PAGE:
U.S. President Joe Biden and Chinese President Xi Jinping spoke on a video call on Friday about Russia’s invasion of Ukraine and Chinese media said Xi underlined that such conflicts are in no one’s interests
Biden was expected to tell the Chinese leader that Beijing would pay a steep price if it supports the invasion, a warning that comes at a time of deepening acrimony between the two nations.
The call began at 9:03 a.m. Eastern time (1303 GMT), the White House said.
U.S. Deputy Secretary of State Wendy Sherman told MSNBC that Xi should tell Russian President Vladimir Putin “to end this war of choice, this war of carnage” in Ukraine.
“China needs to stand on the right side of history. It needs to ensure that it does not backfill, financially or in any other way, sanctions that have been imposed on Russia,” she told CNN.
Xi told Biden that conflicts and confrontations such as the events in Ukraine are in the interests of no one, according to Chinese state media.
State-to-state relations cannot advance to the stage of
confrontation, and conflicts and confrontations are not in the
interests of anyone, Xi said.
“The Ukraine crisis is something that we don’t want to see,”
Xi was quoted as saying.
Before the call, a Chinese aircraft carrier sailed through the sensitive Taiwan Strait on Friday. The USS Ralph Johnson, an Arleigh Burke guided missile destroyer, shadowed the carrier at least partly on its route.
China claims democratically ruled Taiwan as its own, and has over the past two years stepped up its military activity near the island to assert its sovereignty claims, alarming Taipei and Washington.
U.S. Secretary of State Antony Blinken said Biden would make clear to Xi that China will bear responsibility if it supported Russia’s “aggression” and that Washington “will not hesitate to impose costs.” Russia says it is carrying out a special military operation in Ukraine.
Speaking on Thursday, Blinken said the Biden administration was concerned China was considering directly assisting Russia with military equipment for use in Ukraine, something Beijing has denied.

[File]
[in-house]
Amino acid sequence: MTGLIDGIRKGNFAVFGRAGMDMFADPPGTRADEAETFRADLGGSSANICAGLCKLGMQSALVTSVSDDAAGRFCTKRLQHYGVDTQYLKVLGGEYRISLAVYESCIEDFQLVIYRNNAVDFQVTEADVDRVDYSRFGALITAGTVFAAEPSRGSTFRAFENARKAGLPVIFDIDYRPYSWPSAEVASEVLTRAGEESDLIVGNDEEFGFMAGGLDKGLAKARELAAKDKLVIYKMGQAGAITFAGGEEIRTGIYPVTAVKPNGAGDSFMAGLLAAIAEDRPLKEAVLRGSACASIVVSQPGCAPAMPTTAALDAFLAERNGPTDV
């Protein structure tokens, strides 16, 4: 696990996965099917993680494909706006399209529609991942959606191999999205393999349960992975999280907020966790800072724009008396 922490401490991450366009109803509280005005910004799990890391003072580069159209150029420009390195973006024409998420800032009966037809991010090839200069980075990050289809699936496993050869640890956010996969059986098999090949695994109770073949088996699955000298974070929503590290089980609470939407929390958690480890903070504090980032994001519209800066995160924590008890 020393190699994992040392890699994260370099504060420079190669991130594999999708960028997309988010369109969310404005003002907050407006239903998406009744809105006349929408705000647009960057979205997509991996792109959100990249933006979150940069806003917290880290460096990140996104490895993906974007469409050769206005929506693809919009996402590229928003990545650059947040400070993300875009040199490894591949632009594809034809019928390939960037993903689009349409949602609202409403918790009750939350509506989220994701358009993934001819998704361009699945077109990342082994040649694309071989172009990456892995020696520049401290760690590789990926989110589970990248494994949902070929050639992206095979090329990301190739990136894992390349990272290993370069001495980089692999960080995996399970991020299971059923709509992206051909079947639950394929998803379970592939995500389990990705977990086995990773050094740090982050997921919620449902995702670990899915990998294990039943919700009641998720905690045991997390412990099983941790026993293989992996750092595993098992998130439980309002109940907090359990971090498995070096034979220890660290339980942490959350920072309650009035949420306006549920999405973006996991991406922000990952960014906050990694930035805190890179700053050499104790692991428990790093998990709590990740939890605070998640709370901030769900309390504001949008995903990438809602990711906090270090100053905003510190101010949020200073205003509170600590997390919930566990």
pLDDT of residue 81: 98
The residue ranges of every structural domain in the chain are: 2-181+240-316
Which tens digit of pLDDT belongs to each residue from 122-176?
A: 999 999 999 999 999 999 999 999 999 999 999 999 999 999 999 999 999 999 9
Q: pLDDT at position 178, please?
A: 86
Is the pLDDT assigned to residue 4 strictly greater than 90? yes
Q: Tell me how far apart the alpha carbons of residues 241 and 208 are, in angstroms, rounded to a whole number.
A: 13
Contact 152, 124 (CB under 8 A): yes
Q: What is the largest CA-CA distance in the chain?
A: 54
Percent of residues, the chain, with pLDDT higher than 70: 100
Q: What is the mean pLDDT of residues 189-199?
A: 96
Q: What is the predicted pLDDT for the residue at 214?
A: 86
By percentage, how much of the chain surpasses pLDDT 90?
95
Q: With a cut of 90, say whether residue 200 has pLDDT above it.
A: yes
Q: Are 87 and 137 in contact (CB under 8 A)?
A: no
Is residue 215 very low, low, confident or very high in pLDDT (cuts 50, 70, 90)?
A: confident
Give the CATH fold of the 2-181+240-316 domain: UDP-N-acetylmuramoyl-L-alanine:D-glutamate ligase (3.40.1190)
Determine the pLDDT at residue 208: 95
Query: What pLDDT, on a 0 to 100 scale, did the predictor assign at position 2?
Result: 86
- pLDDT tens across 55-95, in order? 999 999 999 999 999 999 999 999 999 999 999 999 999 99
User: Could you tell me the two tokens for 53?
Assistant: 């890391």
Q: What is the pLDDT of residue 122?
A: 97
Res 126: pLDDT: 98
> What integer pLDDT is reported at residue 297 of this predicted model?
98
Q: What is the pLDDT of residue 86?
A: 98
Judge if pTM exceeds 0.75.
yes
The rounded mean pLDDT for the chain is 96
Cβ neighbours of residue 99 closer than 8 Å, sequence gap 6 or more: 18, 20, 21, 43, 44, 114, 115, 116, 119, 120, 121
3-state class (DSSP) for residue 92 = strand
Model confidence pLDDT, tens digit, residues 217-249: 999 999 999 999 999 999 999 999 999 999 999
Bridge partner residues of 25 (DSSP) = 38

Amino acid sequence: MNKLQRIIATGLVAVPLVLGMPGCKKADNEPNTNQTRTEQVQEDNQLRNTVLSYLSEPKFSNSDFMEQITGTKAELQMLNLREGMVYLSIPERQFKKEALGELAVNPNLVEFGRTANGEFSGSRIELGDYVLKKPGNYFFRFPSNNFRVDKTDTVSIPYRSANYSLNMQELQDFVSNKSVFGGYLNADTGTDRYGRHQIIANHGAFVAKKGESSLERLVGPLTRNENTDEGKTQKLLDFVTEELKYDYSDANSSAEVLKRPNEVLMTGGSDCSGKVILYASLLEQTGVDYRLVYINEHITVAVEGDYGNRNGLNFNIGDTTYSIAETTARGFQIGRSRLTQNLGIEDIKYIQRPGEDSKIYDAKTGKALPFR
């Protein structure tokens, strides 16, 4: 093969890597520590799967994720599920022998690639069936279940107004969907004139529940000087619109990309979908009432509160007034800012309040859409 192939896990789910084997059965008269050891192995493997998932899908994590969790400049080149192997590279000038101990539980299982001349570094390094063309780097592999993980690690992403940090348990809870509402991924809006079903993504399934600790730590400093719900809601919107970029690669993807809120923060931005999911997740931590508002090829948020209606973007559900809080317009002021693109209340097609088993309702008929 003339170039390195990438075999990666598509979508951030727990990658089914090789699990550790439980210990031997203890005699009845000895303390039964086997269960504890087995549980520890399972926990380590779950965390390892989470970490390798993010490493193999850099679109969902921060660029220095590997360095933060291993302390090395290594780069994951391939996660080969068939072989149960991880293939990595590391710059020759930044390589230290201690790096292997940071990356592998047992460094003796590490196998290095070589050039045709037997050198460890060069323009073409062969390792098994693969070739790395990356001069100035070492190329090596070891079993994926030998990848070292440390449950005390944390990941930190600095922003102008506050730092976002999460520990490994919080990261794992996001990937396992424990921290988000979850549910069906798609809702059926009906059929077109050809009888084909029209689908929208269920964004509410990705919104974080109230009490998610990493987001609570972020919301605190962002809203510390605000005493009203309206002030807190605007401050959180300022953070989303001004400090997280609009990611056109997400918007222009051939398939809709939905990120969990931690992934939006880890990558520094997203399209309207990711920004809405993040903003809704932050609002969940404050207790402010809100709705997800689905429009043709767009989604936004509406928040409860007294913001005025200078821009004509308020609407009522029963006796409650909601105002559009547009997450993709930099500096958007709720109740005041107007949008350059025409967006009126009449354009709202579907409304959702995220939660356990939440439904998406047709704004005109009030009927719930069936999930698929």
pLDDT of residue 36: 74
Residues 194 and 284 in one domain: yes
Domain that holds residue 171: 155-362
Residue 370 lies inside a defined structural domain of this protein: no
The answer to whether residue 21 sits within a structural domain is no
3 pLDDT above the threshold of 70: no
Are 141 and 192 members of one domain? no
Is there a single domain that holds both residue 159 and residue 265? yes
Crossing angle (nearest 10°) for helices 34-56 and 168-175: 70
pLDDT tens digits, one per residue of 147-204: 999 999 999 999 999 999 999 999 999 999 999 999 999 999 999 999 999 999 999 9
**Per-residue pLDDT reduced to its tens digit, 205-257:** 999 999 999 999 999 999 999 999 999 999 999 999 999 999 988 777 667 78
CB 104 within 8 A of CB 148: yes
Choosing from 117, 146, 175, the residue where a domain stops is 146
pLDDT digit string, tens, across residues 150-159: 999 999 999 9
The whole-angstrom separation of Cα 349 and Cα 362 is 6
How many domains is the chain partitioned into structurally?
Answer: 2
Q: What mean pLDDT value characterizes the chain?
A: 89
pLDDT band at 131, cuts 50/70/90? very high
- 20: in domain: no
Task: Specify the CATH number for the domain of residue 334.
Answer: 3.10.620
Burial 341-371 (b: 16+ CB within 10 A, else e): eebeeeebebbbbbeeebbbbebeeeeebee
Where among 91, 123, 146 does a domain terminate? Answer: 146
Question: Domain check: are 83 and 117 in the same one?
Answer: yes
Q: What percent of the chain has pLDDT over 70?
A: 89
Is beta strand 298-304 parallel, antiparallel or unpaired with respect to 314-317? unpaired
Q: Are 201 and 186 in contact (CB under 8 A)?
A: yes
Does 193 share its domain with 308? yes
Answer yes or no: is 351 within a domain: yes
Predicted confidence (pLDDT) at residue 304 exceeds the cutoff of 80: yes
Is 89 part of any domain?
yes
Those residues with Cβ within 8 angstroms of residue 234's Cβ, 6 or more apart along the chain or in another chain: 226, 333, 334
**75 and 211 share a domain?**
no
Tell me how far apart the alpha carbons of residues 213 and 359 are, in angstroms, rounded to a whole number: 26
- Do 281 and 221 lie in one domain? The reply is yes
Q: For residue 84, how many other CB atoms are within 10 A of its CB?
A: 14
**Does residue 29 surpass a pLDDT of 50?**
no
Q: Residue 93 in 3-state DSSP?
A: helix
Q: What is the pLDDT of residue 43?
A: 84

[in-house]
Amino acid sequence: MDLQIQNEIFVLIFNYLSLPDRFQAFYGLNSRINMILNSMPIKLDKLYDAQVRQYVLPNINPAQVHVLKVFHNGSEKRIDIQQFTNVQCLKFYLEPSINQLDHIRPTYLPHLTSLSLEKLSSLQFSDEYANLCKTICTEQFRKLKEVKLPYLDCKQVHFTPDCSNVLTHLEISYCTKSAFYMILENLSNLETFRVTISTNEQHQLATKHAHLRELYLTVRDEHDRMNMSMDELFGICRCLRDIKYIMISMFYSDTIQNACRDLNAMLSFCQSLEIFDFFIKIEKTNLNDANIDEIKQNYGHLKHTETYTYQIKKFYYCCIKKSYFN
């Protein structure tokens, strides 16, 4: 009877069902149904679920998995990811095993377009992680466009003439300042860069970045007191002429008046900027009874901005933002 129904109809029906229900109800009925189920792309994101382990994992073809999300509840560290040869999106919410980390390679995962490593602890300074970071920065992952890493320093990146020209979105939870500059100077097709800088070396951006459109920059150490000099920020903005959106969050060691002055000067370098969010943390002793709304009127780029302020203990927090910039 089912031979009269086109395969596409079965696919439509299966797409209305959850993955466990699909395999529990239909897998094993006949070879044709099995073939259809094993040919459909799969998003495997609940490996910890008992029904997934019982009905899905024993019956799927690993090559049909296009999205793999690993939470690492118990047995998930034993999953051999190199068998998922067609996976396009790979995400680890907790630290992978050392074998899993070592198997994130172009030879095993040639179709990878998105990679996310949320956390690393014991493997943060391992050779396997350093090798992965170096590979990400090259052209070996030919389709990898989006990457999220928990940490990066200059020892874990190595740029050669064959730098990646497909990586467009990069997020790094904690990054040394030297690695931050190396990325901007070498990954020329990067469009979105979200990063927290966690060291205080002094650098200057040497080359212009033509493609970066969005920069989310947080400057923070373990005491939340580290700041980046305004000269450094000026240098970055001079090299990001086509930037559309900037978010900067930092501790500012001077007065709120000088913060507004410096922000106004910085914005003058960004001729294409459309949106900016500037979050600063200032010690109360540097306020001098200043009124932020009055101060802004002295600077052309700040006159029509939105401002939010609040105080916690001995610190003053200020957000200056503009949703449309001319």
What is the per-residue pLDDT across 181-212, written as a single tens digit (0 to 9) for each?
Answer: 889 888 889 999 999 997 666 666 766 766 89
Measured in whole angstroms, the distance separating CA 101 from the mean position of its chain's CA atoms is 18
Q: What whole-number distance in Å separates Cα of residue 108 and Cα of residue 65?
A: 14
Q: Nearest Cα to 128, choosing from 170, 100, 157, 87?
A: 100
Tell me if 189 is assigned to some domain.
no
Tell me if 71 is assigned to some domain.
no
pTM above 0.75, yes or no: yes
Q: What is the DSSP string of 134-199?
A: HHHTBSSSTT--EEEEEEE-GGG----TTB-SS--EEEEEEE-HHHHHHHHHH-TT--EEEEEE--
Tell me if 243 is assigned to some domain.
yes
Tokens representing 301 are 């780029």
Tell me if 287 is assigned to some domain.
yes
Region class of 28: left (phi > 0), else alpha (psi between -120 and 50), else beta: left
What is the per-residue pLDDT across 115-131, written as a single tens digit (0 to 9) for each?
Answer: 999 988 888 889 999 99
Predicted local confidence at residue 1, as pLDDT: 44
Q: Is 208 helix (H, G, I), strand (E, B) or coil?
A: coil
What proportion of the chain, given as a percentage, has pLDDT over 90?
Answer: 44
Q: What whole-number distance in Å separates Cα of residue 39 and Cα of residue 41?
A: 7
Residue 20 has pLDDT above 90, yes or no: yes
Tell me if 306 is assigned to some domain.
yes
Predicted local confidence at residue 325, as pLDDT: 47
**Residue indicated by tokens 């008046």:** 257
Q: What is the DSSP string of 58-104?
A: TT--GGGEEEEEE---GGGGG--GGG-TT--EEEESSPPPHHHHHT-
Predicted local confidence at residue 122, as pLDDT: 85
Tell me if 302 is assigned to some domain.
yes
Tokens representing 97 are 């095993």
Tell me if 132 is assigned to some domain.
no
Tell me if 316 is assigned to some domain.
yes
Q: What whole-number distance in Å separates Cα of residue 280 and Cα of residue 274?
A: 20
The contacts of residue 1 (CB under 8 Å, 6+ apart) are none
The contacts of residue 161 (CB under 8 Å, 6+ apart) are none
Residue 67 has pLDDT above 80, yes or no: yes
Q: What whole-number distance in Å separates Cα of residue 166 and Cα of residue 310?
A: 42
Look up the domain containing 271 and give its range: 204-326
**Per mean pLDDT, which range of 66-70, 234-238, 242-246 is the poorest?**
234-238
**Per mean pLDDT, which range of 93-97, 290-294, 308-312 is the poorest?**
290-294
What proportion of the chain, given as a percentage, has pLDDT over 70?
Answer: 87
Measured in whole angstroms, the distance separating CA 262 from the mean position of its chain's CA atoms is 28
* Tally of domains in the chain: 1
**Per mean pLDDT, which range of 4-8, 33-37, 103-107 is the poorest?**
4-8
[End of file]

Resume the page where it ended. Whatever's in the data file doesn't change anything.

Washington is also concerned that China could help Russia circumvent Western economic sanctions.
Russia’s invasion of Ukraine, now in its fourth week, has killed hundreds of civilians, reduced city areas to rubble and sparked a humanitarian crisis as millions flee the country.
Russia fired missiles at an airport near Lviv on Friday, a city where hundreds of thousands had sought refuge far from Ukraine’s battlefields, as Moscow tries to regain the initiative in its stalled campaign against Ukraine.
Ukraine has added a new front in a U.S.-Chinese relationship already at its worst level in decades, further deflating Biden’s initial hopes of easing a wide range of disputes by using a personal connection with Xi that predates his term in office.
The United States and China are the world’s two largest economies and Washington has been anxious to avoid a new “Cold War” between them, seeking instead to define the relationship as one of competitive coexistence.
However, China’s “no-limits” strategic partnership with Russia announced last month and its stance on Ukraine has called that into question.
China has refused to condemn Russia’s action in Ukraine or call it an invasion, and it has censored online content in China that is pro-West or unfavorable to Russia.
Beijing, while saying it recognizes Ukraine’s sovereignty, has also said Russia has legitimate security concerns that should be addressed. It has urged a diplomatic solution to the conflict.
While Biden’s administration has threatened counter-measures if China helps Russia’s Ukraine effort, it and its allies have not yet decided precisely what steps they might take, according to a person involved in the conversations.
Targeting Beijing with the sort of extensive economic sanctions imposed on Russia would have potentially dire consequences for the United States and the world, given that China is the world’s second-largest economy and the largest exporter.
Analysts say China is unlikely to turn its back on Russia over the conflict in Ukraine, but its diplomatic efforts to appear even-handed are becoming harder to maintain and closeness with Moscow could cost Beijing goodwill in many world capitals.
However, Zhao Lijian, a spokesman for China’s foreign ministry, scorned the idea of Beijing being discomfited and instead lashed out against Western counties, accusing them of stoking fears in countries like Russia.
“Those who really feel uncomfortable are those countries that think they can lord it over the world after winning the Cold War, those that keep driving NATO’s eastward expansion five times in disregard of other countries’ security concerns, those that wage wars across the globe while accusing other countries of being belligerent,” Zhao said on Thursday.
China’s ambassador to the United States, Qin Gang, has said China would have worked to prevent the war if it had known about the “imminent crisis.” However, according to a New York Times report in February, Washington shared intelligence with senior Chinese officials on Russia’s troop build up in an effort to convince Beijing to intervene with Putin, but were rebuffed.
A seven-hour meeting in Rome on Monday between U.S. national security adviser Jake Sullivan and China’s top diplomat Yang Jiechi was described as “tough” and “intense” by U.S. officials.
Biden’s administration has not offered evidence of its claim that China has signaled a willingness to help Russia. Moscow has denied asking China for military assistance, and China’s foreign ministry called the idea “disinformation.”
However, Russian Finance Minister Anton Siluanov said this week the country was counting on China to help it withstand the blow to its economy from punishing Western sanctions aimed at isolating Russia’s economy from the rest of the world.